Sports fans have long wondered if there’s anything as meaningless as the NHL pre-and regular seasons. Thirty teams play 82 games, but end up eliminating only about half the field. Then 16 teams enter a playoff system that determines the real champion.
But at least the NHL’s most important games come at the end of the year, when an actual champion is crowned after a series of playoff rounds. Ironically, this year the NHL helped highlight the only sport that gets things backward, and piles many of its least meaningful games at the end of its season. College football.
New Year’s Day has belonged to college bowl games since the dawn of time, or at least the dawn of television. Was there life before televised sports?
For years the bowls actually competed against each other for our eyeballs. There would be two, three, even four games on different networks at the same time. If one game was a blowout, you could flip to a more interesting contest.
That’s still the case in the early hours of the day. Big Ten fans who were tired of watching Northwestern, Michigan and Michigan State lose could always flip over to ABC and watch Penn State lose (in what was, for awhile at least, a bit of a contest). But by 5 P.M. the competition between games was finished and the Bowl Championship Series took over.
Here’s where hockey comes in. On the night of New Year’s Day, the NHL’s annual outdoor hockey game was a much better viewing option than the BCS Fiesta Bowl, which pitted an overmatched Connecticut against a bored Oklahoma. The Sooners would probably have preferred to be carving up yet another patsy from the Big Ten.
The Fiesta probably didn’t care that its matchup was a dog (and not a UConn Husky, either). After all, it had no football competition. And that’s by design.
Over 10 days, the “big” bowl games roll out one by one. Instead of competing with each other the Rose, Fiesta, Orange, Sugar and Cotton (not a BCS member, but a kissing cousin) Bowls take turns matching teams with no hope of winning a title in essentially meaningless games.
After all that, the BCS will indeed match up number one Auburn and number two Oregon, on Jan. 10. So that’s a success, of sorts. Unless, of course, you’re a fan of undefeated and untied TCU, which won the Rose Bowl this year but isn’t in the championship picture.
Still, the BCS’ failures in past years, such as the season USC was voted number one by the Associated Press but didn’t get to play for the national title, overwhelm any arguments in favor of keeping it. Competition for the top teams would be a better response.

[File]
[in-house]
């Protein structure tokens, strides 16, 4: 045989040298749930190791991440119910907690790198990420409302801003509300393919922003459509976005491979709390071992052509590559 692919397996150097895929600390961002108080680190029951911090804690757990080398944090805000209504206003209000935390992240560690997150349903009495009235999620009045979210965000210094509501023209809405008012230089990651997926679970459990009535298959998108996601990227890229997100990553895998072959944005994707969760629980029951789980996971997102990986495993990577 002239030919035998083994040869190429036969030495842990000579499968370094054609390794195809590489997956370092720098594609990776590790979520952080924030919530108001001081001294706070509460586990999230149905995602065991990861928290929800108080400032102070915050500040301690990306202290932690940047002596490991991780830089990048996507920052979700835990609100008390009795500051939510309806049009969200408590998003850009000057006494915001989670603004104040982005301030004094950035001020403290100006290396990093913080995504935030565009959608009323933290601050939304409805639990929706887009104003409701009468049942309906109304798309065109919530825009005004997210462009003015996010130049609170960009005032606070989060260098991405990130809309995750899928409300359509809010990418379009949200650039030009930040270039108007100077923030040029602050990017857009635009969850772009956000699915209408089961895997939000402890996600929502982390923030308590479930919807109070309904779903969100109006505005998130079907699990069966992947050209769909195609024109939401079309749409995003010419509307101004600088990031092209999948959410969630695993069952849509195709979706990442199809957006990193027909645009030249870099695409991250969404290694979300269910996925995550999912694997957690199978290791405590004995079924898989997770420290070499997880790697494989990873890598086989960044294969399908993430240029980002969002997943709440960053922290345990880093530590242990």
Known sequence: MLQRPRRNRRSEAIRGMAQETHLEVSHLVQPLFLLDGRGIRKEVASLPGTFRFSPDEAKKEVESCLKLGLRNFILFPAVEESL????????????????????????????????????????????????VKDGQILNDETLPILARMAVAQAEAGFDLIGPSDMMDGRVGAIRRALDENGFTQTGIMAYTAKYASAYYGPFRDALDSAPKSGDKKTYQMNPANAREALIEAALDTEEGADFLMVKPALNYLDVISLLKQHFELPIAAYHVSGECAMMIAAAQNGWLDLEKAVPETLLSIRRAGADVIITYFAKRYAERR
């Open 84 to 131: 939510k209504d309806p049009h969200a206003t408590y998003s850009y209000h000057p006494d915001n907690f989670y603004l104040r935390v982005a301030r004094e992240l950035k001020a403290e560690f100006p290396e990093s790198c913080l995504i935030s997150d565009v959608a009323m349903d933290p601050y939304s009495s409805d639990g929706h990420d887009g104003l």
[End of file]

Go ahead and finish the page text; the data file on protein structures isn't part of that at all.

Recall that the Fiesta Bowl joined the big boys one year when it was able to offer princely sums to entice number one Notre Dame and number two West Virginia to play each other when they were both independents and could opt for any bowl. The power of capitalism at work.
Of course, once the Fiesta joined the top tier of bowls, it was happy to eliminate competition so it could remain there. Hence, it’s now part of the BCS. Funny how that happens. A little creative destruction would make the sport more interesting.
So would playing more games. The current system provides too much time off between the end of the season and the championship game. This season, Auburn and Oregon waited more than a month to play. No other sport does this. Imagine if baseball players were given the entire month of October off to recover from their grueling six-month season. They get too much time off during the payoffs as it is. Even the staunchest fan would lose interest if there were no games until November.
Gene Corrigan, who as commissioner of the ACC conference helped create the BCS, agrees with this. “I was against [a playoff] because I thought asking the players to play more than 12 or 13 games was wrong,” he told Washington Post columnist John Feinstein. “But now the presidents have gone ahead and approved a 12th game and the conference championship games so they’re all playing 14 games anyway.”
He now favors a 16-team playoff that would crown a true champion. For traditionalists, this would also preserve the current “minor bowls” which match 6-6 teams against each other in front of thousands of empty seats. Meanwhile, a playoff is “fair, it makes everyone a lot of money and it won’t hurt anyone academically,” Corrigan concludes.
Plus, it would make a lot of money for everyone. “There’s no doubt in my mind that there’s far more money out there than what we have,” Big Ten commissioner Jim Delany admitted four years ago. Still, he opposed a playoff on the grounds that it would make the regular season less meaningful.
That probably wouldn’t be the case, since a playoff would allow teams to schedule better non-conference games, since they would no longer need to fear that one close loss might knock them out of the championship picture. And it’s difficult to imagine that any regular season game could be less meaningful that, say, this year’s Fiesta Bowl debacle.
It’s time for unbridled capitalism to improve college football.